A. The aloneness of a retreat from time to time is essential for those going for refuge, for it is at times like these that we have the opportunity to get to know and understand ourselves to a degree not possible in our ordinary everyday lives. All Dharma practice is focused directly or indirectly on the human existential truth of loneliness, caused by the sense of separateness from what is.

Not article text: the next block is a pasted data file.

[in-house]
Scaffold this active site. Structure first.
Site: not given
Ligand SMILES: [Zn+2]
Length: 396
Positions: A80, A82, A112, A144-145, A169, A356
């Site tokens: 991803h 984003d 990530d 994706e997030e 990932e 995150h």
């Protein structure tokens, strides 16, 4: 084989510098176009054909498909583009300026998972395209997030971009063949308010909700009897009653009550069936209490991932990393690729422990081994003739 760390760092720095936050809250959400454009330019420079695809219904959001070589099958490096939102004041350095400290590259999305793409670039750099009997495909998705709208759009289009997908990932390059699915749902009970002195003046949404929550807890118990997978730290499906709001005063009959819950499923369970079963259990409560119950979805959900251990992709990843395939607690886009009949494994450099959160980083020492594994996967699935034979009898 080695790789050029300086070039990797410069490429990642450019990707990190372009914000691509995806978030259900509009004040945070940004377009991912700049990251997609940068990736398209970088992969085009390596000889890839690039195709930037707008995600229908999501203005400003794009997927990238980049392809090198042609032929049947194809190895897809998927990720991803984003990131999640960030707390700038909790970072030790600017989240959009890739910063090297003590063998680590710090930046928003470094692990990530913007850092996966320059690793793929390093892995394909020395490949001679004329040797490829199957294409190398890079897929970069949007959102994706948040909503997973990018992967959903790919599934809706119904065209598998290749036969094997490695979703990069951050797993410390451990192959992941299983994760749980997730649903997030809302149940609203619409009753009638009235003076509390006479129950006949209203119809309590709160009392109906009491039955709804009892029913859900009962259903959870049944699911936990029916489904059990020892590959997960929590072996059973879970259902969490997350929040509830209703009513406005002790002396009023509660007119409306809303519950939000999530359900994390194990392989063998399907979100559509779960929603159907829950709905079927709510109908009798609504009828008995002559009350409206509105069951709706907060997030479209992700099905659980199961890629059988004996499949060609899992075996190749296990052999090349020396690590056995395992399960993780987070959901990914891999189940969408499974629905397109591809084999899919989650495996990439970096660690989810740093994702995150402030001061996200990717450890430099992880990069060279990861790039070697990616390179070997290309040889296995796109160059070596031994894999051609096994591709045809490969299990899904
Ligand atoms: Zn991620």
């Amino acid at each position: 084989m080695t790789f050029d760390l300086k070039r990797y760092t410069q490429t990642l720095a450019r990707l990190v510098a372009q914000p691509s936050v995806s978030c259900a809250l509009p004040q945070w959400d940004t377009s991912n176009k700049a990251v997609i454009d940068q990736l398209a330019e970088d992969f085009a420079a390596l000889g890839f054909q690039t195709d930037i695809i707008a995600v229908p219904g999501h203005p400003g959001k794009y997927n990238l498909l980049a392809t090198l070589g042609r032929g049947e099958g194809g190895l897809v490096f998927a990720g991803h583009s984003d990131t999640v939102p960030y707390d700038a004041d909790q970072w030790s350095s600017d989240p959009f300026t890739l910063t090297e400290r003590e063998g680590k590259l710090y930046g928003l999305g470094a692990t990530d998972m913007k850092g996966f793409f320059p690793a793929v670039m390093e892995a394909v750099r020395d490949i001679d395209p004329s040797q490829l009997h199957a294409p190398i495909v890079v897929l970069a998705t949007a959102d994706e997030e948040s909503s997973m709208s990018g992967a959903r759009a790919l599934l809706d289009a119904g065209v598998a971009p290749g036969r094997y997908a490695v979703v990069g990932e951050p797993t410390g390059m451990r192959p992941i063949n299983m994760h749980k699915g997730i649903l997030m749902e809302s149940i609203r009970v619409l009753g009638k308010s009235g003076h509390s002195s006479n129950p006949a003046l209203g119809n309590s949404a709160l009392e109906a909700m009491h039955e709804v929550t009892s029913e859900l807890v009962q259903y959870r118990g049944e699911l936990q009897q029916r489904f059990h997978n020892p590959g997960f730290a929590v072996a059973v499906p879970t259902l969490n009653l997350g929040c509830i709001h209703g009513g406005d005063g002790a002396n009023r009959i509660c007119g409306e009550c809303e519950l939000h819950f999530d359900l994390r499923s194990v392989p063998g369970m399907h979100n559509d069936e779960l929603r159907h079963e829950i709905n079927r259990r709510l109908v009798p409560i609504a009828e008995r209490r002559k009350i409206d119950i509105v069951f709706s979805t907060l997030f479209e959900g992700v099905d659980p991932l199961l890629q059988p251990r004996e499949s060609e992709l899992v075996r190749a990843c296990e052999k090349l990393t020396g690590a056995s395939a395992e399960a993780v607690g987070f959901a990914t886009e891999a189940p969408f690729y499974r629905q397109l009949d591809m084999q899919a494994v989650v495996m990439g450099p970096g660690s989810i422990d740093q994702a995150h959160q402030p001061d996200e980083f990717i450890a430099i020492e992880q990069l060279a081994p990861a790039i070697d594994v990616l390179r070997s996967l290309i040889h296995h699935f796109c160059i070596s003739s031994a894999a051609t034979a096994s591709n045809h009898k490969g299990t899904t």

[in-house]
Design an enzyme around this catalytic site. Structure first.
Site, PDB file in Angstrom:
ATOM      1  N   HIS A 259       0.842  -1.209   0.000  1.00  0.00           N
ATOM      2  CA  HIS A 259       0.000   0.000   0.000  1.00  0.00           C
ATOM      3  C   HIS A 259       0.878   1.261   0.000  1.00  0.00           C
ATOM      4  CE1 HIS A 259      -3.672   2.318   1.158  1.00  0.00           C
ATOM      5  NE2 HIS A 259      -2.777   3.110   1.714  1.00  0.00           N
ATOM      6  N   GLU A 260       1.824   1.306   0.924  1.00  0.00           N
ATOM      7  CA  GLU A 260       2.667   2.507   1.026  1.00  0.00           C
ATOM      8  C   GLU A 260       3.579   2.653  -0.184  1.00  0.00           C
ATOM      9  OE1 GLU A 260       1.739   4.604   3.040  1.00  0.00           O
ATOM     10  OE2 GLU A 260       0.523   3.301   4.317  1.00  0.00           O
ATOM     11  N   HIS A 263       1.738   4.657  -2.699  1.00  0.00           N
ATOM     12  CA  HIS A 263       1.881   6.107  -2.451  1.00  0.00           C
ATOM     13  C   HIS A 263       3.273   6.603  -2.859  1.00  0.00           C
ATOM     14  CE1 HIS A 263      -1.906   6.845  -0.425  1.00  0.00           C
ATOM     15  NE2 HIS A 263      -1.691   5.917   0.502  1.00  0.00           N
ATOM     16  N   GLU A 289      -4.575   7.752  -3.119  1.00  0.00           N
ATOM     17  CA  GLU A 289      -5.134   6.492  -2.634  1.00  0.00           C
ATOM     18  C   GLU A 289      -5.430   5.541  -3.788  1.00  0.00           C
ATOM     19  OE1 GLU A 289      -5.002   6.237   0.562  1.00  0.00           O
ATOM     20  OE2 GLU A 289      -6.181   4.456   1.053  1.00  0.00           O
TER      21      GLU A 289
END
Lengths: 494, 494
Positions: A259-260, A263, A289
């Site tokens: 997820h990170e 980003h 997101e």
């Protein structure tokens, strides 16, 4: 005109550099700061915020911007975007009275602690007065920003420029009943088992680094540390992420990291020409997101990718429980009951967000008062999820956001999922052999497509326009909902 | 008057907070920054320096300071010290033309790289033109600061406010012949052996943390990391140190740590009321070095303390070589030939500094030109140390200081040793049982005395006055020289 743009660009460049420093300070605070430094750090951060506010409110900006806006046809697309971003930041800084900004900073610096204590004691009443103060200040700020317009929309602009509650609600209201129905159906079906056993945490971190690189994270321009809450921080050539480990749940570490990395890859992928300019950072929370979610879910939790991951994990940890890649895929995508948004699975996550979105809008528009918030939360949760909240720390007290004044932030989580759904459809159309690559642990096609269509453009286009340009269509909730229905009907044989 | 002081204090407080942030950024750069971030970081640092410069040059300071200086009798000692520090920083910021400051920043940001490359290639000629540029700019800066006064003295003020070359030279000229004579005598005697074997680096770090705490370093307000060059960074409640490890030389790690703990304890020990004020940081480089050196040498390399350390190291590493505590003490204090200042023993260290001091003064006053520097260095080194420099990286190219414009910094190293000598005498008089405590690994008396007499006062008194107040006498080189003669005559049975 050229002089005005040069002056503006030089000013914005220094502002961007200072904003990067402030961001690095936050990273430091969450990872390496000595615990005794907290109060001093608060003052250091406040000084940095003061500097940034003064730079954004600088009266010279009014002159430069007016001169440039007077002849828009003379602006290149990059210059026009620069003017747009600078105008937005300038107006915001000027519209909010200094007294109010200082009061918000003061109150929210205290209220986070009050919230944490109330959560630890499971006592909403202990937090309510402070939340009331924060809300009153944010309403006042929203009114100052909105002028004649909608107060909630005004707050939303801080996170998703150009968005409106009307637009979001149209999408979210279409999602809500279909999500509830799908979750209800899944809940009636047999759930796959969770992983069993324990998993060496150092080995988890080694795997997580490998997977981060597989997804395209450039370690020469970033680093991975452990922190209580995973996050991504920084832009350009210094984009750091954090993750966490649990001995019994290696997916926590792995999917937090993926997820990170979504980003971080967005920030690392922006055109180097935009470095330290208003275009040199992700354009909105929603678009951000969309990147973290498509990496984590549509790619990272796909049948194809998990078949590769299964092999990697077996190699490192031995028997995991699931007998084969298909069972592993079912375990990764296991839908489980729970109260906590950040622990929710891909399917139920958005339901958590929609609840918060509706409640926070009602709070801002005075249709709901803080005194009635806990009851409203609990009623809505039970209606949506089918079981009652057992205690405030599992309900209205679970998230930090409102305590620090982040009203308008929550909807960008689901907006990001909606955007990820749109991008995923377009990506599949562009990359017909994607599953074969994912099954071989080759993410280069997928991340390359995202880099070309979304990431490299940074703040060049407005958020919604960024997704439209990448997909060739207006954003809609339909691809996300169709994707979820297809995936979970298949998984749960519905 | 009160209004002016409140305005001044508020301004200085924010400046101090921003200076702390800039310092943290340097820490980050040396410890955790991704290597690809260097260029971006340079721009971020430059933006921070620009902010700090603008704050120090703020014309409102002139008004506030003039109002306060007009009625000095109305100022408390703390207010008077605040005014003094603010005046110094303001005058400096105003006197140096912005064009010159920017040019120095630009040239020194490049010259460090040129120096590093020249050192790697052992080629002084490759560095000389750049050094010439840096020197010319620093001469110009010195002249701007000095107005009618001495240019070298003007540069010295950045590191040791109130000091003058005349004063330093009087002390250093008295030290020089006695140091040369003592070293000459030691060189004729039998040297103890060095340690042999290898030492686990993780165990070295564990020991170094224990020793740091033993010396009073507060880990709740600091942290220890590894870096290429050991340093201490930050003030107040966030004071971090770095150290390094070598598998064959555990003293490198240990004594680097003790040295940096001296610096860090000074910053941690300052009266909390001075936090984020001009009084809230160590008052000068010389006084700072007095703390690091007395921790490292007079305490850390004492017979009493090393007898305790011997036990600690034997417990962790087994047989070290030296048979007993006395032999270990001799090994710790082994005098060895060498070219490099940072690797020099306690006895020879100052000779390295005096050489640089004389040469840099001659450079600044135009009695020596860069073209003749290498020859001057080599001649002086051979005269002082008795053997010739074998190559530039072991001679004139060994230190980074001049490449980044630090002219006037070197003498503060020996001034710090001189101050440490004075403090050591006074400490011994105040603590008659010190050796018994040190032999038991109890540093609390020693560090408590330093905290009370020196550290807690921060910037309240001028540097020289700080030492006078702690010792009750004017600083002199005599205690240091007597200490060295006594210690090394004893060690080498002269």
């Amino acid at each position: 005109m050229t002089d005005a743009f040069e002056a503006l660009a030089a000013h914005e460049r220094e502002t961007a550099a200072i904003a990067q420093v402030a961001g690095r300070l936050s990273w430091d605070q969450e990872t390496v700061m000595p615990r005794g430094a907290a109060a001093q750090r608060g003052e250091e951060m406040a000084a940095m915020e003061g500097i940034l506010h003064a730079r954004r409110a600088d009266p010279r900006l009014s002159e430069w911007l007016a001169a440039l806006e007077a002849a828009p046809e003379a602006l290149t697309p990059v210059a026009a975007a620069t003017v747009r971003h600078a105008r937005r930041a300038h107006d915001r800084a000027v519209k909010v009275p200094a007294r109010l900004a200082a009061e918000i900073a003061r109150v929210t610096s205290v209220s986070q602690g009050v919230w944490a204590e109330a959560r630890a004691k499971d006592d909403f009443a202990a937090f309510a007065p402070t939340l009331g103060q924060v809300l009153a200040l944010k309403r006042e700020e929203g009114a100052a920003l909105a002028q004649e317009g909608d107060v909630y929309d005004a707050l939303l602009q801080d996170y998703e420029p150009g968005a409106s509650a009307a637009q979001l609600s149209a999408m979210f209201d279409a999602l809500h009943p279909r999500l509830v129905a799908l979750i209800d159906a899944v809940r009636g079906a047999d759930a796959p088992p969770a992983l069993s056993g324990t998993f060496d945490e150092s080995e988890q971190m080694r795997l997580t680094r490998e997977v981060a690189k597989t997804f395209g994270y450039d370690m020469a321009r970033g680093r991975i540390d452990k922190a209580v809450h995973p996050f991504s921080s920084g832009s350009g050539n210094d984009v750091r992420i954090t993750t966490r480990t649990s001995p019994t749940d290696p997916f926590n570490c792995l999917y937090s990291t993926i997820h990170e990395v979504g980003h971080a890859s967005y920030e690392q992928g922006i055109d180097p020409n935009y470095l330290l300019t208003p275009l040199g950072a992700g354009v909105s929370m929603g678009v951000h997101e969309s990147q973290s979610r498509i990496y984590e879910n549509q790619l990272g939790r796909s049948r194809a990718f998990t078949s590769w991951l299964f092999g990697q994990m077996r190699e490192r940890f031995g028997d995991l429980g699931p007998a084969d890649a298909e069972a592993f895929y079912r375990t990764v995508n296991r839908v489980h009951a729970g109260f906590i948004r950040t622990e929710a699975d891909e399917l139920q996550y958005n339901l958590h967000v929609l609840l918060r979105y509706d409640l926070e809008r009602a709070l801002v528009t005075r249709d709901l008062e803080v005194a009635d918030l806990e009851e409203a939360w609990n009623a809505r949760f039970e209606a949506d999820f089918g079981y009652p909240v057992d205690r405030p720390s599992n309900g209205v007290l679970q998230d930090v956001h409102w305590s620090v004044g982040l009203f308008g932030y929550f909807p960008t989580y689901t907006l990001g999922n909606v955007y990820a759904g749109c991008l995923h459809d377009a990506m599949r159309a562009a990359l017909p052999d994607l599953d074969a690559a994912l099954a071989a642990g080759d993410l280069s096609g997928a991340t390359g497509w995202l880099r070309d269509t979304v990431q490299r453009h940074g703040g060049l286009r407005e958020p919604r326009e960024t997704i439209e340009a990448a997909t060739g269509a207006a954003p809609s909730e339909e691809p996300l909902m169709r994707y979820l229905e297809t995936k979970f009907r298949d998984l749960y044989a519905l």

When we are alone we can open up to that greatest of all fears whilst in its grip, and see directly into it. Here we may discover that if we learn to open and stay with loneliness, we will see it for what it is and learn to accept and make friends with it. Whilst on this journey of transformation we may come to see that everything that we have ever done in our lives is just a deep sub-conscious search by our own heart, bound by delusion, to be reunited with the totality of what is. Our onward journey into understanding loneliness need not exclude companion-type relationships, for this sort of experience may well show us just how lonely we basically are, and how difficult it is to live with and accept that truth.